World War II veterans, their families and officials participated in a wreath-laying ceremony to mark the 73rd anniversary of the D-Day at the World War II Memorial on June 6. (Chip Somodevilla/Getty Images)

George W. Casey Jr., a retired general, was chief of staff of the Army from 2007 to 2011 and the commander of coalition forces in Iraq from 2004 to 2007. He is an adviser to the Global War on Terror Memorial Foundation.

Over the past two weeks, the House and Senate Natural Resources subcommittees held hearings for identical bills swiftly moving through both chambers of Congress. The committees and chambers at large soon will make a decision of vital importance with respect to the veteran and military communities and the public at large: They will decide how we will memorialize those who have made the ultimate sacrifice over the past 16 years of sustained combat.

The committee will determine whether now is the time to authorize a National Memorial for the Global War on Terrorism.

By building a National Global War on Terrorism Memorial, we would forever preserve the memory of those we have lost in the fighting that followed Sept. 11, 2001, continues today and will continue into the foreseeable future. It will be the first national memorial in Washington authorized for an ongoing war. The men and women it would recognize volunteered from every race, creed and religion and from home towns across our great country. This memorial would stand as a place to educate our country about selfless service and sacrifice. It would inspire future generations of heroes in service to our nation. It would help connect members of our civilian population who too often are unaware of what its warriors are asked to sacrifice when they defend our freedoms.

How would a physical memorial do these things? We need look no further than our existing national war memorials on the Mall to understand. For 35 years, the Vietnam Veterans Memorial has stood as a source of healing and pride for the country and for the generation of veterans who fought in Vietnam. Veterans, some of whom were treated very poorly by their countrymen upon their return from war, take solace in the communal healing space the Wall provides. The Korean War Veterans Memorial gave veterans of the “Forgotten War” much-needed recognition of their service, which was largely overlooked. The World War II generation was welcomed home as victors with ticker-tape parades all across our nation. It took our nation 59 years to formally recognize the Greatest Generation with a national memorial. It is an inspiring and moving experience to witness a group of WWII veterans come to see their national memorial.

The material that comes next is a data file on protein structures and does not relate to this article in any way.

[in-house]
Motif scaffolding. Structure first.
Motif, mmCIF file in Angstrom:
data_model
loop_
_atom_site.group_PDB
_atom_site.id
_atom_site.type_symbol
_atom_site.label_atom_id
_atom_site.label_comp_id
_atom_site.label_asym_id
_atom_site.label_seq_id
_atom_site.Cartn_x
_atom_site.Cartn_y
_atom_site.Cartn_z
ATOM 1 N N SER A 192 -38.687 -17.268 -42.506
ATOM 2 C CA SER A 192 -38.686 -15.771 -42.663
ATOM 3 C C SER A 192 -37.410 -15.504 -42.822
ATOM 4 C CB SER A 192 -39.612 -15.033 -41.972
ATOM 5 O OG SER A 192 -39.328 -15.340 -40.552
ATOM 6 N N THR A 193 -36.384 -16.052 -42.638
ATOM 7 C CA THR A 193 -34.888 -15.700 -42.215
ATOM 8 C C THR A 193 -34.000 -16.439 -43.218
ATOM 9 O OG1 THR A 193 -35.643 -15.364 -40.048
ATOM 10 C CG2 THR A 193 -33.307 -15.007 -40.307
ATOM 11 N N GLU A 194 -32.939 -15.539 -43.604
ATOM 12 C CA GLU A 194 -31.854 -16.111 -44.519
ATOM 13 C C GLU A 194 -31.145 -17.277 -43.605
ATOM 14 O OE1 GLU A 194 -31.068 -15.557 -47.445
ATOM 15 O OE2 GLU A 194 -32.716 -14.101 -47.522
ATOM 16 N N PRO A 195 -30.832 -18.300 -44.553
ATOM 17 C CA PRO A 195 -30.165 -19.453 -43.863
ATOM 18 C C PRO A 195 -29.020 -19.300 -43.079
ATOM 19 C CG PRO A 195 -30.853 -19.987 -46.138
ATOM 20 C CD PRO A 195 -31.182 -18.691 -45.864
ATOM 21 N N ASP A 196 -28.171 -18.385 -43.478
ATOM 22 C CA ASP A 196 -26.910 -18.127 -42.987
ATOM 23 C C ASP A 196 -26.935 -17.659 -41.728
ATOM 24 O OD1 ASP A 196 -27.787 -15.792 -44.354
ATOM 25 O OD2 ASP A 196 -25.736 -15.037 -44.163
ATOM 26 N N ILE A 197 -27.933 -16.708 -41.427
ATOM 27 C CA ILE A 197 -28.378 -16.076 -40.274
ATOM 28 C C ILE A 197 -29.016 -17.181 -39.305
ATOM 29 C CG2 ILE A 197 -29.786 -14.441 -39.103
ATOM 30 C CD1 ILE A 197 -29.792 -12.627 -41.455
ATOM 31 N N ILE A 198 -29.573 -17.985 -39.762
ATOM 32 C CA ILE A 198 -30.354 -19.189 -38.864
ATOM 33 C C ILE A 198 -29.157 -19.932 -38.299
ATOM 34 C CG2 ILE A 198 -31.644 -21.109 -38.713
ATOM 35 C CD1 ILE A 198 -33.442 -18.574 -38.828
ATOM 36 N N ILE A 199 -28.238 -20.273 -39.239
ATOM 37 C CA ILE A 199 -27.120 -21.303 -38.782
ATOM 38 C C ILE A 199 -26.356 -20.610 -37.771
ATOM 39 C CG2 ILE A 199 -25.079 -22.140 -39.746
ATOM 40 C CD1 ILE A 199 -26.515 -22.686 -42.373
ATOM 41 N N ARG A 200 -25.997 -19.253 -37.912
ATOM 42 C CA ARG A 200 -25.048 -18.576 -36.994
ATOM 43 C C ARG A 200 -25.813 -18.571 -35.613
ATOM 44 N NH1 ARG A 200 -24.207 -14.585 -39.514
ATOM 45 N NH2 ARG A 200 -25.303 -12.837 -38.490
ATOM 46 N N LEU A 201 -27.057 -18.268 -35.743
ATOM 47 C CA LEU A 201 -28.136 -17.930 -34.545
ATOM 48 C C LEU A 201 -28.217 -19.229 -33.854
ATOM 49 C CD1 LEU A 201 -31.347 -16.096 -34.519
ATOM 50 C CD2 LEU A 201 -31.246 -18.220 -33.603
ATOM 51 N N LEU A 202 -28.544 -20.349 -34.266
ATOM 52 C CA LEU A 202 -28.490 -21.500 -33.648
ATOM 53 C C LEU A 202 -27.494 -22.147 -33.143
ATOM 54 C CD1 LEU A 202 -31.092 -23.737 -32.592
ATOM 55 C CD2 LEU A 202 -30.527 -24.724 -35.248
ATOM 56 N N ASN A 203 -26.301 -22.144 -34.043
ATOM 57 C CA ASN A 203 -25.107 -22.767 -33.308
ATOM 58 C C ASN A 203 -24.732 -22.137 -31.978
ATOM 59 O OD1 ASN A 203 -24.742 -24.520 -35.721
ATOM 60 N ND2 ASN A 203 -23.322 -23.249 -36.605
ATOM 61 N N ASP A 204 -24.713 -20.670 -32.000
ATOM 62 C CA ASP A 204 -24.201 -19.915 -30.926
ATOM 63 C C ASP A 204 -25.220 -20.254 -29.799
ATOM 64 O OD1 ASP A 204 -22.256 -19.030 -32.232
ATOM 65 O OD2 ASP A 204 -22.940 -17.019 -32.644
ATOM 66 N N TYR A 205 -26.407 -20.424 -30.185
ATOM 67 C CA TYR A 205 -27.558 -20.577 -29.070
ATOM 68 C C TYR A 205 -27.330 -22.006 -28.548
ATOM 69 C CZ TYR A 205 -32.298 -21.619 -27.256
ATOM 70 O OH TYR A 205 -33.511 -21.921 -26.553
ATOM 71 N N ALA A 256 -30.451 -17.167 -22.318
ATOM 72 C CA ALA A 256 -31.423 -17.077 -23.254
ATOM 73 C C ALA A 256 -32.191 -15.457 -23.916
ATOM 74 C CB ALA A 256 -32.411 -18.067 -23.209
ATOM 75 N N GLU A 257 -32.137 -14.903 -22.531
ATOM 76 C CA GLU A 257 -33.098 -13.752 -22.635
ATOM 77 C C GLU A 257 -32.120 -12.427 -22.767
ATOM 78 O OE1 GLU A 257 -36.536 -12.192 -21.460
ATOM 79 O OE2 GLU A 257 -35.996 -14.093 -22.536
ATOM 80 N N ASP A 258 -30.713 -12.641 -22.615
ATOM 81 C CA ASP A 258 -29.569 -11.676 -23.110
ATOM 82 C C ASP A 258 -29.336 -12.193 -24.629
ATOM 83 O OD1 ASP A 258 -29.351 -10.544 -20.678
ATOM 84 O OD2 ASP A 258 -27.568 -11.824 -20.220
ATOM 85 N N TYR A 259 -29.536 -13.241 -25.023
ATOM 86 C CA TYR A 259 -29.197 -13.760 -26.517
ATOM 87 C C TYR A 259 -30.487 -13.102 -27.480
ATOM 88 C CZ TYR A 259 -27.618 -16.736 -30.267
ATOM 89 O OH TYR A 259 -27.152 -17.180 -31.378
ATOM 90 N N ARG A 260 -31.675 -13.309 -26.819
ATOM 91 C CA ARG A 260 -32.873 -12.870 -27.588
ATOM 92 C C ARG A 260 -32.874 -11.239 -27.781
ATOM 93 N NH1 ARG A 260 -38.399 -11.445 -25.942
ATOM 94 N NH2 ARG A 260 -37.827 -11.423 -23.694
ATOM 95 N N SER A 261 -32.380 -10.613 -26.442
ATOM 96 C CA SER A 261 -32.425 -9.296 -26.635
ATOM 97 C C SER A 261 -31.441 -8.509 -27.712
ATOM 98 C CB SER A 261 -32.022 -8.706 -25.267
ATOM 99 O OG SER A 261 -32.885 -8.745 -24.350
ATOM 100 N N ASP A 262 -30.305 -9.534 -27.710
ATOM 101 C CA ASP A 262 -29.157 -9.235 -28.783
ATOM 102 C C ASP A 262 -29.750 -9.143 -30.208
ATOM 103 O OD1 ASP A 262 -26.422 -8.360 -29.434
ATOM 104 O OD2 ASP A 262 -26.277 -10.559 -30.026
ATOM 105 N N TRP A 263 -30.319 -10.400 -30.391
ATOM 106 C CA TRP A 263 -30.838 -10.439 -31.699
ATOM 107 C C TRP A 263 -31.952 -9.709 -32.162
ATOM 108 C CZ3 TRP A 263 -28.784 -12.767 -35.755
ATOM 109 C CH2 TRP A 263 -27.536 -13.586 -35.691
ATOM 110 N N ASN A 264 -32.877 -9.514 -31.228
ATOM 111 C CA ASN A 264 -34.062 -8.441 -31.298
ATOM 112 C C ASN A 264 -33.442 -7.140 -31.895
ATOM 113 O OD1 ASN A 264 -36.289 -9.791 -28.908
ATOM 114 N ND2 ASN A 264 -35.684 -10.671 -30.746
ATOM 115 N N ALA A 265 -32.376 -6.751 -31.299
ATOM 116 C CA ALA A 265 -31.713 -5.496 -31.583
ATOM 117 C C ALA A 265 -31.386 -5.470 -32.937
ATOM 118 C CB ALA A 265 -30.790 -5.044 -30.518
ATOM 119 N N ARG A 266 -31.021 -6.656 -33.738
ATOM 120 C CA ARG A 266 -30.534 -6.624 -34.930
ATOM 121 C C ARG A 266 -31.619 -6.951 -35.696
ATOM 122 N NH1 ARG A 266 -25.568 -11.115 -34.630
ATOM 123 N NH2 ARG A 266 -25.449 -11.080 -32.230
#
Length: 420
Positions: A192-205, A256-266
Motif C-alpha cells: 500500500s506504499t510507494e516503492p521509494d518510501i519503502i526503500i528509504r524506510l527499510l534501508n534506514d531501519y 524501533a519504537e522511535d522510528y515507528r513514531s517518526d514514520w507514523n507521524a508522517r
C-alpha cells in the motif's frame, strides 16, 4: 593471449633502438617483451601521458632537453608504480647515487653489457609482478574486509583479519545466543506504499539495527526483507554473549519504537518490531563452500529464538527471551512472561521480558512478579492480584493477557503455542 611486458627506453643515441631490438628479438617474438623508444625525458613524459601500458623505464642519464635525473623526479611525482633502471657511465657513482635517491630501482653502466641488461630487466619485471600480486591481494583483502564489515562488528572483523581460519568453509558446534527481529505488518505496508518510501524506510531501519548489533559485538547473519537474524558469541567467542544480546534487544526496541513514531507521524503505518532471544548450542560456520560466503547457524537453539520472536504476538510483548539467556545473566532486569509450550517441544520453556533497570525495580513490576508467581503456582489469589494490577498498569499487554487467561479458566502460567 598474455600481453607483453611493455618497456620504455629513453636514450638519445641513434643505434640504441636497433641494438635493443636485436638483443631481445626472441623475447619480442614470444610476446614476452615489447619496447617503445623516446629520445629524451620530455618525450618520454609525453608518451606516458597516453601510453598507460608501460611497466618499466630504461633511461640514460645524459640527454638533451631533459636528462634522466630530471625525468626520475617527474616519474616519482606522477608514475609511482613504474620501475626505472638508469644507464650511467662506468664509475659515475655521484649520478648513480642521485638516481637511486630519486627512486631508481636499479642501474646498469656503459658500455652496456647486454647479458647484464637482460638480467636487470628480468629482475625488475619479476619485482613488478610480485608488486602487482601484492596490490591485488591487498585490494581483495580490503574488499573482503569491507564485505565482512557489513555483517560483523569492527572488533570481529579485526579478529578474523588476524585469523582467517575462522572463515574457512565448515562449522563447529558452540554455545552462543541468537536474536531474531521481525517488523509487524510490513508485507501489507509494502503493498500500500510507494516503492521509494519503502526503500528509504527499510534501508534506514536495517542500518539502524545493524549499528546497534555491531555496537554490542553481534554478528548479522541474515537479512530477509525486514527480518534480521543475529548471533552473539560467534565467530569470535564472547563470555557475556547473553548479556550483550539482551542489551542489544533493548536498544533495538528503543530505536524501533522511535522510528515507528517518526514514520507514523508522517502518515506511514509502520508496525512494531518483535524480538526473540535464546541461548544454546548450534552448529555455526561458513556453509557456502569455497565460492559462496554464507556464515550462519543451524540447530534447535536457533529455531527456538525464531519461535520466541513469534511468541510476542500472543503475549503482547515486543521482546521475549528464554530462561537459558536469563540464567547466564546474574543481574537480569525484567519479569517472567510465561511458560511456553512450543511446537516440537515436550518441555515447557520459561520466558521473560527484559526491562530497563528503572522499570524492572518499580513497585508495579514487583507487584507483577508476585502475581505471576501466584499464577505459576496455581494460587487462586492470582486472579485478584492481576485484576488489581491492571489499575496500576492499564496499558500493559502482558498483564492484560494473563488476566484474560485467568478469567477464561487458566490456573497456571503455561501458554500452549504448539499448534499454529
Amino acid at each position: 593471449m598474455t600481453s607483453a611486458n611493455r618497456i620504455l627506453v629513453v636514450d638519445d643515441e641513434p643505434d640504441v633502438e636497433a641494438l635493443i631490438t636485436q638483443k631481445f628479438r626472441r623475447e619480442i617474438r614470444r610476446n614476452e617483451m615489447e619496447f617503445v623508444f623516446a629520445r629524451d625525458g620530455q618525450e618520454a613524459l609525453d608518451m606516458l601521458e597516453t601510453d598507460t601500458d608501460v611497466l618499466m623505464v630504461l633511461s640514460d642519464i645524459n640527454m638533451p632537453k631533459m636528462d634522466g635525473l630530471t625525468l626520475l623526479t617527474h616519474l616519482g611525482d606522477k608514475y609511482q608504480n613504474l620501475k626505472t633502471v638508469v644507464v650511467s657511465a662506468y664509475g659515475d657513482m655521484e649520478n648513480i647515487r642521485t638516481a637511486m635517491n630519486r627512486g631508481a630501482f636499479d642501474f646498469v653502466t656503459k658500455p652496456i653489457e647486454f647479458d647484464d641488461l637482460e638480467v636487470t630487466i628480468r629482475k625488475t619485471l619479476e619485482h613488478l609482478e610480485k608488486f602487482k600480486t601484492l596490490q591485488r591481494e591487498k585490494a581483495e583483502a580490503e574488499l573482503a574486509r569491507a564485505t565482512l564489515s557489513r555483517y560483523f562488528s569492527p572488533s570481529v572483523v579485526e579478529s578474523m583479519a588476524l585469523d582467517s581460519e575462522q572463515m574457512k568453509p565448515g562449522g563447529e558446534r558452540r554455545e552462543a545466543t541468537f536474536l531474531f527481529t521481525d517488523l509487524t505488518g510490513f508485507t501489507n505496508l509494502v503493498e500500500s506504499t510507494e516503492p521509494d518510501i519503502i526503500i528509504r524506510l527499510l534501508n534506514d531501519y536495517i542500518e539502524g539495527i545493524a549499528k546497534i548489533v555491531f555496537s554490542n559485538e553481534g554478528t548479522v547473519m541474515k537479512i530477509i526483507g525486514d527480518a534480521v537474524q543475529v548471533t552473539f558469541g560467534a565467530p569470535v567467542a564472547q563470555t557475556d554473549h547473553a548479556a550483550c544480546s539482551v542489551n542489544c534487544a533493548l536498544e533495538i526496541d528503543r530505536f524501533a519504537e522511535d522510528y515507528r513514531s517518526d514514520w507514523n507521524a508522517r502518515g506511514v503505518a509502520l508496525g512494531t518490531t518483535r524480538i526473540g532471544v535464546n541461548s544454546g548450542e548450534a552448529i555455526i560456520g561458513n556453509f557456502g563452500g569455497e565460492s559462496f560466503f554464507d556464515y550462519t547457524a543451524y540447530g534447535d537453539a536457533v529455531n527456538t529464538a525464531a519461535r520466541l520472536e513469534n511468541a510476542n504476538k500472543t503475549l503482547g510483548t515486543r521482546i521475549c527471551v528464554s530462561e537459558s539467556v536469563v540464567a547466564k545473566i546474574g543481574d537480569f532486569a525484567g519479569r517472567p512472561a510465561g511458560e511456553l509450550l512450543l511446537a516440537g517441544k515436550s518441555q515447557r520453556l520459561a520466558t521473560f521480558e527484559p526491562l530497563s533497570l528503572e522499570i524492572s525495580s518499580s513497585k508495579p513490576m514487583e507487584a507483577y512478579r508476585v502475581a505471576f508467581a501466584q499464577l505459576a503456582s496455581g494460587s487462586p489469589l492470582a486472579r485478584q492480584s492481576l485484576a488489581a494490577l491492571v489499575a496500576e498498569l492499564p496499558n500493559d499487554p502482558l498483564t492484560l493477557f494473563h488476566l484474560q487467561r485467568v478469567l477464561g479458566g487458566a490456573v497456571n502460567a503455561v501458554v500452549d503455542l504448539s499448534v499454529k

The impact of these memorials extends beyond the warfighters themselves. It also provides a common bonding place for families of the fallen to grieve. Memorial Day is a day that we come together as a nation to remember our loved ones lost in war. However, for the widows, children and Gold Star family members of our service members lost in today’s war, there is no communal space for them to collectively pay tribute to their loved ones lost fighting on our nation’s behalf except Arlington National Cemetery’s Section 60. This memorial would change that.

While these memorials have been places of great healing for the veterans and families of previous wars, they also have been great sources of education for younger generations of Americans. Every spring and fall in our nation’s capital, you will find children on school field trips who have traveled from around the country walking around the Mall. They learn why they are standing before 58,300 names inscribed on a dark granite wall or in front of a grand fountain that recognizes a generation of Americans who saved the world from tyranny. Walking on hallowed ground, our citizenry gains an understanding of the effect these periods of history had on our country.

People often ask, “Why now?” We are in the longest sustained combat in our history. The warriors who shouldered the burden of war for the past 16 years, and the families who stood alongside them, should not have to wait 59 years to be recognized in our nation’s capital.

My sincerest hope is that the legislators making the decisions on this important piece of legislation recognize the courage, the perseverance and the sacrifices of the men and women who have served our country so well over the past 16 years and authorize the memorial to go forward.